LUTSEN, Minn. (AP) — Fire destroyed a historic lodge on Lake Superior in northern Minnesota early Tuesday, with the manager quickly pledging it would be rebuilt in the same design.
The fire at the Lutsen Lodge was reported around 12:30 a.m. The only staffer on duty spotted smoke coming from electrical outlets in the floor in the lobby and called 911, manager Edward Vanegas said. The employee made it out safely. No guests were checked in because it was early in the week, Vanegas said.
The building was fully engulfed as crews from eight departments battled the blaze. The state fire marshal’s office was investigating, but the cause could not be immediately determined, Vanegas said.
“The amazing memories made here are in our hearts as we begin the heavy weighted process to rebuilt back better,” the resort posted on its Facebook page.
Lutsen, started in 1885, claims to be Minnesota’s oldest resort, with the lodge as its centerpiece. It's a popular destination for hikers, skiers and other visitors from the Midwest and beyond. The family that started the resort includes Cindy Nelson, who won the bronze medal in downhill skiing at the 1976 Winter Olympics.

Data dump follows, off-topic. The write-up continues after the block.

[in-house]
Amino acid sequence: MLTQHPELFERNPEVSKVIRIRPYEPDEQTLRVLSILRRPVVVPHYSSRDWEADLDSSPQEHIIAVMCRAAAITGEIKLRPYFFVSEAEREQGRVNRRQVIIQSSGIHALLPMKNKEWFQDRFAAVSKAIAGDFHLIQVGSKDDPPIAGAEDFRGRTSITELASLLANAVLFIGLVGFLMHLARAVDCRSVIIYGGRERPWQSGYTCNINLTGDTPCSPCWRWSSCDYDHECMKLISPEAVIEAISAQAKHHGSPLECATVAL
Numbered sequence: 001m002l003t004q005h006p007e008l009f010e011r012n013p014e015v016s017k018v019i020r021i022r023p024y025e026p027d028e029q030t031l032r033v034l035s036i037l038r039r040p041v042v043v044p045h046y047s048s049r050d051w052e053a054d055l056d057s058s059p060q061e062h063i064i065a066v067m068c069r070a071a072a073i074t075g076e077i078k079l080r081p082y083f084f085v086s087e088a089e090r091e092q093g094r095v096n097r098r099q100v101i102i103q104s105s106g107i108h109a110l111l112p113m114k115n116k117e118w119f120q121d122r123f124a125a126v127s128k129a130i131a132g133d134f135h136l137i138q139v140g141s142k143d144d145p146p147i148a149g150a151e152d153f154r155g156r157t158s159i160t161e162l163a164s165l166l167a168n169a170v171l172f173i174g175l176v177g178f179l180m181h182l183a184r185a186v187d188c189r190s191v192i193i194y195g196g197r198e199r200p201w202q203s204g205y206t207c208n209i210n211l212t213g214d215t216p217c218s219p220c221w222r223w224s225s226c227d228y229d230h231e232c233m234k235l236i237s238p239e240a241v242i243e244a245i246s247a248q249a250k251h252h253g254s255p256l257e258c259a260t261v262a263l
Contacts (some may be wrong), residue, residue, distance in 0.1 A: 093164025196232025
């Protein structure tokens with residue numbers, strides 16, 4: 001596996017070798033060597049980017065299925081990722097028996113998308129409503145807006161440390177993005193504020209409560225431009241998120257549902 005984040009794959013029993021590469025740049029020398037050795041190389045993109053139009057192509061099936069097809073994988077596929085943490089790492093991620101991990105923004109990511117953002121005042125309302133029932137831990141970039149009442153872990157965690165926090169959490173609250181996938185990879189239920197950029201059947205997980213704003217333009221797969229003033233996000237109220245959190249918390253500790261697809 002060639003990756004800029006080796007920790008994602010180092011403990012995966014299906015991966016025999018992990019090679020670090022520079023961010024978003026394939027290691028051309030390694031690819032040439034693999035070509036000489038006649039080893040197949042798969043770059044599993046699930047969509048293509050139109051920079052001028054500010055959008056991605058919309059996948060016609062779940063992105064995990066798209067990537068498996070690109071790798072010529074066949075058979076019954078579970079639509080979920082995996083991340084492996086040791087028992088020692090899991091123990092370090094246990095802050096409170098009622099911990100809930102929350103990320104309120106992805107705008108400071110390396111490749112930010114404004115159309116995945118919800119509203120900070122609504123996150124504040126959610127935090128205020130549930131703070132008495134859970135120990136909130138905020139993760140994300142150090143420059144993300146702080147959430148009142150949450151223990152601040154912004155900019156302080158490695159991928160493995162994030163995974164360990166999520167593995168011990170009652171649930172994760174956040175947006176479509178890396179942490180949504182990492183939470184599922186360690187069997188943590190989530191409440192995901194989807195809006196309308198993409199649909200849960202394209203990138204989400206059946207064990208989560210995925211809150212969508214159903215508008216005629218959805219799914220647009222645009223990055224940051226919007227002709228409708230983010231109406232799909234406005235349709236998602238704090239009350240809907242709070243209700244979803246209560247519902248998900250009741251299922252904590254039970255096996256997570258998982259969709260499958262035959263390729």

The lodge, simultaneously rustic and elegant with exposed wood, was designed by noted St. Paul architect Edwin Lundie, who drew on Norwegian and Swedish architectural influences. It had 40 guest units and restaurants that served guests from several nearby lodgings.
“It’s devastating to the community,” Dick Nelson, whose great-grandfather was the founder, told the Star Tribune. “It was a fantastic lodge, solid wood. But you don’t build things like that anymore.”
The main lodge previously burned down in 1949 and 1951. The one that burned Tuesday was rebuilt in 1952 using the same plans. Vanegas said lodge officials still have those original plans and intend to rebuild once again using the same design, updated for current building codes.
“The goal is to create new memories,” he said.
Other resort properties in the Lutsen area were not affected.